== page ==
These garments, were designed for sports and leisure wear, while hotpants were innovative in that they were made from non-activewear fabrics such as velvet, crochet and leather, styled explicitly to be worn on the street, for parties, or as bridal wear. Dorothy Tricario, a fashion curator at the Brooklyn Museum told The New York Times in 1971 that hotpants were part of a greater nostalgic revival of 1930s and 1940s fashion the short posing shorts worn by Hollywood stars like Ruby Keeler, Deanna Durbin, Betty Grable. However, Tricario observed that shorts had never before had such widespread acceptance as street or business wear as they did in early 1971. According to the fashion publicist Eleanor Lambert, the term "hot pants" was coined by Women's Wear Daily in 1970 to describe fashions innovated by the French ready-to-wear company Dorothée Bis; the WWD claim to have originated the term is backed up by 1971 articles in The New York Times and the African-American magazine Jet. Jet's fashion editor, Audrey Smaltz, suggested that because hotpants were best suited to Black women, they should be called "Knockout Shorts" as that name was more "relevant to Blacks", expressing the fashionable African-American Black woman's pride in her "knockout body" as well as paying tribute to Black identity and recent struggles.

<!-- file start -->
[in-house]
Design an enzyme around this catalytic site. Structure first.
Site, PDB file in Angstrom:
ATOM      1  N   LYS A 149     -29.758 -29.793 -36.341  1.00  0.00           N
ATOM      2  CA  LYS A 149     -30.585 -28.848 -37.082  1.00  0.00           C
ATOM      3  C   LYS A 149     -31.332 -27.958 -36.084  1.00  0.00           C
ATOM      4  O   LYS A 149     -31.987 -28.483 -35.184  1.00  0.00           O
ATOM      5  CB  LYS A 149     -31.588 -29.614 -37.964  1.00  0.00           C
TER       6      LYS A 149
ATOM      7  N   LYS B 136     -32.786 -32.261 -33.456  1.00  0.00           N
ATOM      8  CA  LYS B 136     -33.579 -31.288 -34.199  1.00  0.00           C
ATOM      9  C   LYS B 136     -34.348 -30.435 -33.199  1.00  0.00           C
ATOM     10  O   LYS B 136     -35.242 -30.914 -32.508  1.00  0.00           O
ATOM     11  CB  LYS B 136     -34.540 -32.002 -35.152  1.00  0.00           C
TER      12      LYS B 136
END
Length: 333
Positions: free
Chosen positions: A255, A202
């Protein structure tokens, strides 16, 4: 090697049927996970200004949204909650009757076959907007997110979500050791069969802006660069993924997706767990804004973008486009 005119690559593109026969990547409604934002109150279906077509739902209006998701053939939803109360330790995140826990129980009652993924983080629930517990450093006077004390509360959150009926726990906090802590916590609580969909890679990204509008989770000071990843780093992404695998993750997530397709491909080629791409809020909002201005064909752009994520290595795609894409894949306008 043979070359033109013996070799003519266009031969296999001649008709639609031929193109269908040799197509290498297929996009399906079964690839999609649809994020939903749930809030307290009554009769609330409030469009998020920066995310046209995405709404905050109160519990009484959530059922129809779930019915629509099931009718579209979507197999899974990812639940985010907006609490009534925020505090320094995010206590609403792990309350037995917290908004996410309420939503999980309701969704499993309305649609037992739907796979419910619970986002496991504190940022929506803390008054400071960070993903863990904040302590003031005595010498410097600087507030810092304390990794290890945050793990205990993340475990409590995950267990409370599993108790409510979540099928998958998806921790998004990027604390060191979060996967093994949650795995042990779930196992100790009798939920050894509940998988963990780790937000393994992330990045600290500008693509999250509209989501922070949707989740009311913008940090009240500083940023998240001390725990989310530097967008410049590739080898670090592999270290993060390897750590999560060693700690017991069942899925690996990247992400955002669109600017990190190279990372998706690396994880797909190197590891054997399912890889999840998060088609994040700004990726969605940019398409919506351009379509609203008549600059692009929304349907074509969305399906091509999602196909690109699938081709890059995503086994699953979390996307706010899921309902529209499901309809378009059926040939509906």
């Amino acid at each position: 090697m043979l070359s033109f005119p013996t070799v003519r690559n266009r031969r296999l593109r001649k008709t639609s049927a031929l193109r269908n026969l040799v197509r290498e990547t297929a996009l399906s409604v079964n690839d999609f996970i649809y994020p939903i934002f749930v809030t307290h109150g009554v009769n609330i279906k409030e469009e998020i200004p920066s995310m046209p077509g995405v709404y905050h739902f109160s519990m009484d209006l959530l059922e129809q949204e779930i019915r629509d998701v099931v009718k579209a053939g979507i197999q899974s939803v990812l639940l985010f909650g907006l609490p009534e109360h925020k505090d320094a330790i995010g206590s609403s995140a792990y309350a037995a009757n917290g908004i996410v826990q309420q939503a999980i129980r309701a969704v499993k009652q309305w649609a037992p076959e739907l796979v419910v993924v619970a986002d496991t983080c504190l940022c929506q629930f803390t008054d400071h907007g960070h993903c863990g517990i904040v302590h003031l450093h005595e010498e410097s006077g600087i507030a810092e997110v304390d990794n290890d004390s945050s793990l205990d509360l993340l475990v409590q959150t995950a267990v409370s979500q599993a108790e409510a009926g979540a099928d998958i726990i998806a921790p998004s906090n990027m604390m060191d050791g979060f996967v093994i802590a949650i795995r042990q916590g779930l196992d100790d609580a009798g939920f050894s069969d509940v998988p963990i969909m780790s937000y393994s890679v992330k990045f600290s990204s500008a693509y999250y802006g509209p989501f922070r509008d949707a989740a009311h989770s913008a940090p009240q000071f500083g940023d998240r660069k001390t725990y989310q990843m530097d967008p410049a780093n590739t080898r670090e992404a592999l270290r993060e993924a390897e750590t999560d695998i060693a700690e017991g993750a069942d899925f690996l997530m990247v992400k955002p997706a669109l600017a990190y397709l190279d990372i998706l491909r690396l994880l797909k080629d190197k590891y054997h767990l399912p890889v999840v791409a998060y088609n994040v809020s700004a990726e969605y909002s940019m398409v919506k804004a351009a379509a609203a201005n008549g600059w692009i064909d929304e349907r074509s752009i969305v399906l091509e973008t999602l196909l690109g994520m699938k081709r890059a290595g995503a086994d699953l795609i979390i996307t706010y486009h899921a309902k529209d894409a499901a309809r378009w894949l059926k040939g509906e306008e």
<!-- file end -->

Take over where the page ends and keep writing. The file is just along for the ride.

Other alternative names included "les shorts", "short cuts", "cool pants", "shortootsies", with "booty shorts" as an early 21st-century term. Today, the term hotpants can be used for casual as well as fashion-wear short-shorts made in any fabric, or worn by any gender. While hotpants were principally marketed to women, men were targeted, the term can describe short men's shorts. At the end of the 1960s, the fashion industry had tried unsuccessfully to promote the mid-calf-length or midi skirt as a fashionable replacement for the miniskirt. In contrast to the lukewarm response to the midi, shoppers enthusiastically embraced the idea of short shorts, which were made available at all price levels from haute couture to inexpensive ready-to-wear. Lambert credits Mariuccia Mandelli of the Italian fashion label Krizia with designing the first "hot pants" in 1970. Hotpants are increasingly credited to Mary Quant, who offered them in the late 1960s. Many designers from across the Western world produced their own versions of hotpants at all price levels, including Yves Saint Laurent, Valentino and Betsey Johnson.